\ˈkwil \

Definition of quill 

(Entry 1 of 2)

1a(1) : a bobbin, spool, or spindle on which filling yarn is wound

(2) : a hollow shaft often surrounding another shaft and used in various mechanical devices

b : a roll of dried bark cinnamon quills

2a(1) : the hollow horny shaft of a feather — see feather illustration

(2) : feather especially : one of the large stiff feathers of the wing or tail

b : one of the hollow sharp spines of a porcupine or hedgehog

c : pen entry 3 sense 3

3 : something made from or resembling the quill of a feather especially : a pen for writing

4 : a float for a fishing line


quilled; quilling; quills

Definition of quill (Entry 2 of 2)

transitive verb

1 : to pierce with quills

2a : to wind (thread or yarn) on a quill

b : to make a series of small rounded ridges in (cloth)

Examples of quill in a Sentence

Recent Examples on the Web: Noun

Working with the Taronga Zoo in suburban Sydney, Dr. Brandis has also tested the quills of captive and wild echidnas, in the hope of developing a similar tool that could identify animals that have been poached. New York Times, "Where Do Birds Flock Together? Australians Are Mailing In Feathers to Help Find Out," 21 Mar. 2018 Porcupettes are born with soft quills that start to harden and sharpen over a few days. Kelli Bender, PEOPLE.com, "This Porcupette, a.k.a. Baby Porcupine, Might Be the Cutest Zoo Birth of 2018," 11 July 2018 The story starts with Matlack’s tools—a quill dipped in iron gall ink. Joe Pappalardo, Popular Mechanics, "The Science of Saving the Declaration of Independence," 3 July 2018 There are three feather quills against the blue, which symbolize communication — suiting for a Duchess who uses her voice to advocate for women's rights and other causes. Suzannah Weiss, Teen Vogue, "Meghan Markle Gets Her Own Coat of Arms," 26 May 2018 Additionally, goose feathers were the ideal quill for writing with ink. John Schandelmeier, Anchorage Daily News, "Some words on birds and their impact on Alaska and the rest of the world," 24 June 2018 But some of Lincoln's most prized possessions are in peril – including his hat, gloves, quill pen and a fan that belonged to his wife, Mary. CBS News, "Lincoln museum artifacts could go to auction due to a historic debt," 19 June 2018 The logos seem like they were hand-drawn with a large quill pen or stamped with an antique letterpress, and the boxes are made out of some material that looks tastefully recycled. Alex Delany, Bon Appetit, "Expensive Pasta Is Worth It—Here's Why," 18 June 2018 And while the quill stem did gradually migrate leftward during the ride in a slightly disconcerting fashion, the bike otherwise held up admirably. Outside Online, "Riding 100 Miles* on a 102-Year-Old Bike," 12 June 2018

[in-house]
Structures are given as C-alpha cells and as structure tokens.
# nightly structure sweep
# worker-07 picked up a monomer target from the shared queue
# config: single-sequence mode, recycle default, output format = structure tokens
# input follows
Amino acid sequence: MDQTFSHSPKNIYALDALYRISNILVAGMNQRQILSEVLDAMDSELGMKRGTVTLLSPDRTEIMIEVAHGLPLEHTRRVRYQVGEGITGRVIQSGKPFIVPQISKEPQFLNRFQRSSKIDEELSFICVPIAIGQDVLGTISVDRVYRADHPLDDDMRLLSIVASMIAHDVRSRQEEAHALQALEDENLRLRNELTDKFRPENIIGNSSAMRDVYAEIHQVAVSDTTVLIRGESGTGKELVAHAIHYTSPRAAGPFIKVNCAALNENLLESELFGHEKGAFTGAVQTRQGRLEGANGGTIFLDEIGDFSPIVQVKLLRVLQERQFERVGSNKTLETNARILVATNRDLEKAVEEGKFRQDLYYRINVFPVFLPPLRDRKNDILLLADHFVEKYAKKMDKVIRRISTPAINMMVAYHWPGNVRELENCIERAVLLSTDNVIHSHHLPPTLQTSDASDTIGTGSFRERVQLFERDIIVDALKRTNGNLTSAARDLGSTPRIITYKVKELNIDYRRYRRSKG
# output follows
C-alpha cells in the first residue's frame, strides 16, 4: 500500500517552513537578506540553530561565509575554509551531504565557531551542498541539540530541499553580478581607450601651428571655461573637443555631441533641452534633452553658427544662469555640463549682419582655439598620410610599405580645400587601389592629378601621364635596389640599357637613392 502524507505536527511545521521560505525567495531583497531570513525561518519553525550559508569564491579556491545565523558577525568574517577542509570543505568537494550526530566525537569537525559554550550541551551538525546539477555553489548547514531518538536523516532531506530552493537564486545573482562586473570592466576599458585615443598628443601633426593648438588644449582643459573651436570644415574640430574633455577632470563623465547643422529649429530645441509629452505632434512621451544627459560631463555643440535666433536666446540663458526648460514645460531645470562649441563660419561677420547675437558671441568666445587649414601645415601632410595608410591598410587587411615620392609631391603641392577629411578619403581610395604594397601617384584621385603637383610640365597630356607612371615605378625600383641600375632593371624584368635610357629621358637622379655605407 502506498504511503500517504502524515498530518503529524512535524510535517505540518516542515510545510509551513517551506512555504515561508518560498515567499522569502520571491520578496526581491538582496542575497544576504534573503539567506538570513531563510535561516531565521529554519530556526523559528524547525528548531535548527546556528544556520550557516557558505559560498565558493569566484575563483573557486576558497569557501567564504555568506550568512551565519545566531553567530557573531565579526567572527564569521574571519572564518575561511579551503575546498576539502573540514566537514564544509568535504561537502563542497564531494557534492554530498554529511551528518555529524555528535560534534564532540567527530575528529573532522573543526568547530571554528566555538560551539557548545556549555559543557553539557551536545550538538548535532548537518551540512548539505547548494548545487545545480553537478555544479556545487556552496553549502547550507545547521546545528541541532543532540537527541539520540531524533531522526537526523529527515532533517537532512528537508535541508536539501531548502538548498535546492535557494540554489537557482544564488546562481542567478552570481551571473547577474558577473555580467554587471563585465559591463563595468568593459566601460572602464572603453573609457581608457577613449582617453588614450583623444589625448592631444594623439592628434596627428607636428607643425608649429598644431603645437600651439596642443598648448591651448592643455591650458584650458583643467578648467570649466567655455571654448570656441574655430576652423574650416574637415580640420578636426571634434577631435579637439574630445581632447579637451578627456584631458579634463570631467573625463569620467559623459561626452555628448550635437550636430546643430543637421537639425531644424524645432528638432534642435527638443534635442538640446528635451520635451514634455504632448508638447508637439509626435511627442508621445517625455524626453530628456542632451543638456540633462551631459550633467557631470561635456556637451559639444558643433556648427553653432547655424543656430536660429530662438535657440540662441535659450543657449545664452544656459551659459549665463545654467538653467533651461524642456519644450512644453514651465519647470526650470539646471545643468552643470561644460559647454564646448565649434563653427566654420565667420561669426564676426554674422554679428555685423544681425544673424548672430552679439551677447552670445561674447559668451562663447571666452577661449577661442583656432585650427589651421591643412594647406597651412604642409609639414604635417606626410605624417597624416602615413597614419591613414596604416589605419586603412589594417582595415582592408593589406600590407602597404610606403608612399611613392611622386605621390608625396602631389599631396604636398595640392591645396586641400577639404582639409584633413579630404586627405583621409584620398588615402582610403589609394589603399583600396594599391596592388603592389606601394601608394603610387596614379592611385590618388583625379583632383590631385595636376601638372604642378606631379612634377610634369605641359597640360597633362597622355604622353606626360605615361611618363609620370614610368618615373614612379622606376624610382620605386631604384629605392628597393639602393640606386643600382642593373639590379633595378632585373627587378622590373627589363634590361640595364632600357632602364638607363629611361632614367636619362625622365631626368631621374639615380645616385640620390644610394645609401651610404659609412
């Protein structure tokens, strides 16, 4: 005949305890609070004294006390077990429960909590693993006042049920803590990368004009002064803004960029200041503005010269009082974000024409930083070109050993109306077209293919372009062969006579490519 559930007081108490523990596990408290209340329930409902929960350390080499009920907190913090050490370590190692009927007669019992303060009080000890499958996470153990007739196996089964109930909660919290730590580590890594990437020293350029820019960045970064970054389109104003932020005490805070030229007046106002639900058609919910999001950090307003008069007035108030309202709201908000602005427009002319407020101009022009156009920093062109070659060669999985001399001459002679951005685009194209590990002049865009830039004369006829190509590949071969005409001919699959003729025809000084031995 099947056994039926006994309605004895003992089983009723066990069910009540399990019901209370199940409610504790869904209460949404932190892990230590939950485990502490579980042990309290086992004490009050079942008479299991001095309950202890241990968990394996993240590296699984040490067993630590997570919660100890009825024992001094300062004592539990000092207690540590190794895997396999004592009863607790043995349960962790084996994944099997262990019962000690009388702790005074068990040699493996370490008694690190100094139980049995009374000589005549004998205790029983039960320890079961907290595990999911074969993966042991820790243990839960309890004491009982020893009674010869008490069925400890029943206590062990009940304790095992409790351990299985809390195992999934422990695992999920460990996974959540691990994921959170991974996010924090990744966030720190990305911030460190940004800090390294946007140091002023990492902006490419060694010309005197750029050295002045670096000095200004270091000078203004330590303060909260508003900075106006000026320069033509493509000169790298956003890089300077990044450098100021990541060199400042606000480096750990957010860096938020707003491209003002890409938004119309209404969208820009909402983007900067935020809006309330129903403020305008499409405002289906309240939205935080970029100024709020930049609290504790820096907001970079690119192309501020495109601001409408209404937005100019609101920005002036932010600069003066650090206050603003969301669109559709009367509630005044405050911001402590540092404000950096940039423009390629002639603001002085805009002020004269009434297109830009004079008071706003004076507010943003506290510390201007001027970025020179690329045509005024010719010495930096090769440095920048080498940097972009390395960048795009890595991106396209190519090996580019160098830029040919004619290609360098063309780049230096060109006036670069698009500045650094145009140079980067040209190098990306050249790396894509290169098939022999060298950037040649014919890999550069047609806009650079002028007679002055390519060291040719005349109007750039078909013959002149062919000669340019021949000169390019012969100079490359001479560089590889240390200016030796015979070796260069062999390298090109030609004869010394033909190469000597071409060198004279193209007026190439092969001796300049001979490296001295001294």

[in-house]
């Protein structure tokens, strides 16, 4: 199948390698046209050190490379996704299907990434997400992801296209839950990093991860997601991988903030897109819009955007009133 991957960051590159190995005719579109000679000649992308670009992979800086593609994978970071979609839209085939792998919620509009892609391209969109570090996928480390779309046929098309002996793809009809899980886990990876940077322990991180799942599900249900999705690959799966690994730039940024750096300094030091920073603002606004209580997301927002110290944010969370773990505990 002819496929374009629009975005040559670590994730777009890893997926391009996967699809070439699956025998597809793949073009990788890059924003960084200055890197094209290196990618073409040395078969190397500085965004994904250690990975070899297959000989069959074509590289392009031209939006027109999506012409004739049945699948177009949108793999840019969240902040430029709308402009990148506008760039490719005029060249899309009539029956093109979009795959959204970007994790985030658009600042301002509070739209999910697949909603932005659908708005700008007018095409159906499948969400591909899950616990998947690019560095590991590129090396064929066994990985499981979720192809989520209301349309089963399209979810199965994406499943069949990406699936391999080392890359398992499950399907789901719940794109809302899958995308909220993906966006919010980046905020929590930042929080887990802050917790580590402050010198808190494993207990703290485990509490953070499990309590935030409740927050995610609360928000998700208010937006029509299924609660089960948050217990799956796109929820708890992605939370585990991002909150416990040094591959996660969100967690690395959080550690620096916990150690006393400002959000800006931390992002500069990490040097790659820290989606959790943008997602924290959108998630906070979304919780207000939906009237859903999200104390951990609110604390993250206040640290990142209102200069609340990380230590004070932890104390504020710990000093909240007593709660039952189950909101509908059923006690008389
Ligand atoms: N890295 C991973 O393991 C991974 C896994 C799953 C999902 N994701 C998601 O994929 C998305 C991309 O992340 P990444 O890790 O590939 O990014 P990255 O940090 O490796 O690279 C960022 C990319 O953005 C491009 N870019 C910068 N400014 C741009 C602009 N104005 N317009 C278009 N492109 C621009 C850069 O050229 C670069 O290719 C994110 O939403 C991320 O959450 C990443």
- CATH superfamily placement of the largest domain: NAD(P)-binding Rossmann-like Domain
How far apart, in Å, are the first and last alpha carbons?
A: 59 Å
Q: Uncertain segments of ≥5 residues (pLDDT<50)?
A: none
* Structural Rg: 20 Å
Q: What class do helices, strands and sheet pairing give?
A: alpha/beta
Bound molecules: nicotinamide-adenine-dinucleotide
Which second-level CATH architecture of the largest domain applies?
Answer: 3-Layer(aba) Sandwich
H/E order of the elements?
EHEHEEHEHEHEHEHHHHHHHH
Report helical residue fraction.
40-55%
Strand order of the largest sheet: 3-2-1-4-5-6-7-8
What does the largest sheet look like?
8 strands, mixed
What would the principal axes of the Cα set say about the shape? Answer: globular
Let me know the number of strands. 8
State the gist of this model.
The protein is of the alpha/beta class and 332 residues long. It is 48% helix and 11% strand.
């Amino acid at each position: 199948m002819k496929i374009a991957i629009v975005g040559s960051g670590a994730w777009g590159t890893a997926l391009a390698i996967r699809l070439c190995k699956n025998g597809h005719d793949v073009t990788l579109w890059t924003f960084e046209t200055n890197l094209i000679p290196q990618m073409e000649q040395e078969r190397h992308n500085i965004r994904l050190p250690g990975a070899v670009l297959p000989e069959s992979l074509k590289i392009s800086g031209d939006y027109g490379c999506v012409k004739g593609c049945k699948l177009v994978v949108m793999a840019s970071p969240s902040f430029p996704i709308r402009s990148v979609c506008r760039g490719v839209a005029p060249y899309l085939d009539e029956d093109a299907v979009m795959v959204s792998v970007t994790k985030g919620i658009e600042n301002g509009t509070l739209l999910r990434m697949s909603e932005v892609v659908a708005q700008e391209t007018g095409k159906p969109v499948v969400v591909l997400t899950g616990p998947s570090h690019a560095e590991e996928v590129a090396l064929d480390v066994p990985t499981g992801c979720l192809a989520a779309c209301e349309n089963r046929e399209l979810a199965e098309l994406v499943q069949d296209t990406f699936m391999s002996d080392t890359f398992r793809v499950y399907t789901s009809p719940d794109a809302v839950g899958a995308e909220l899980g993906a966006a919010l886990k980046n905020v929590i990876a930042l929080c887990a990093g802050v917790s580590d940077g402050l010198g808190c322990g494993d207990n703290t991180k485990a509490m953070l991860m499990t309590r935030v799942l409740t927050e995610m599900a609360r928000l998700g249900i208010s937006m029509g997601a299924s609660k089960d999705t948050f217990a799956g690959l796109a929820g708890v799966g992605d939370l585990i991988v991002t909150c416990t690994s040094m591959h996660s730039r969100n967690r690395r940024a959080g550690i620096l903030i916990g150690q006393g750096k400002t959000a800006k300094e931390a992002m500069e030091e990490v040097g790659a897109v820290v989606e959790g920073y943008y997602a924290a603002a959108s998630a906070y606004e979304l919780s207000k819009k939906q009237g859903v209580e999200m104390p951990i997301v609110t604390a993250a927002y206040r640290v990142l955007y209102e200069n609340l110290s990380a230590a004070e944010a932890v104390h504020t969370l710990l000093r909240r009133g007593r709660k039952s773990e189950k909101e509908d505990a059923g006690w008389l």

These example sentences are selected automatically from various online news sources to reflect current usage of the word 'quill.' Views expressed in the examples do not represent the opinion of Merriam-Webster or its editors. Send us feedback.

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First Known Use of quill


15th century, in the meaning defined at sense 1a(1)


1607, in the meaning defined at sense 1

History and Etymology for quill


Middle English quil hollow reed, bobbin; akin to Middle High German kil large feather

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Statistics for quill

Last Updated

28 Aug 2018

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Time Traveler for quill

The first known use of quill was in the 15th century

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More Definitions for quill



English Language Learners Definition of quill

: the hollow central part of a feather

: a large, stiff feather from the wing or tail of a bird

: a pen that is made from a feather


\ˈkwil \

Kids Definition of quill

1 : a large stiff feather of a bird's wing or tail

2 : the hollow tubelike part of a feather

3 : a hollow sharp spine of a porcupine or hedgehog

4 : a pen made from a feather

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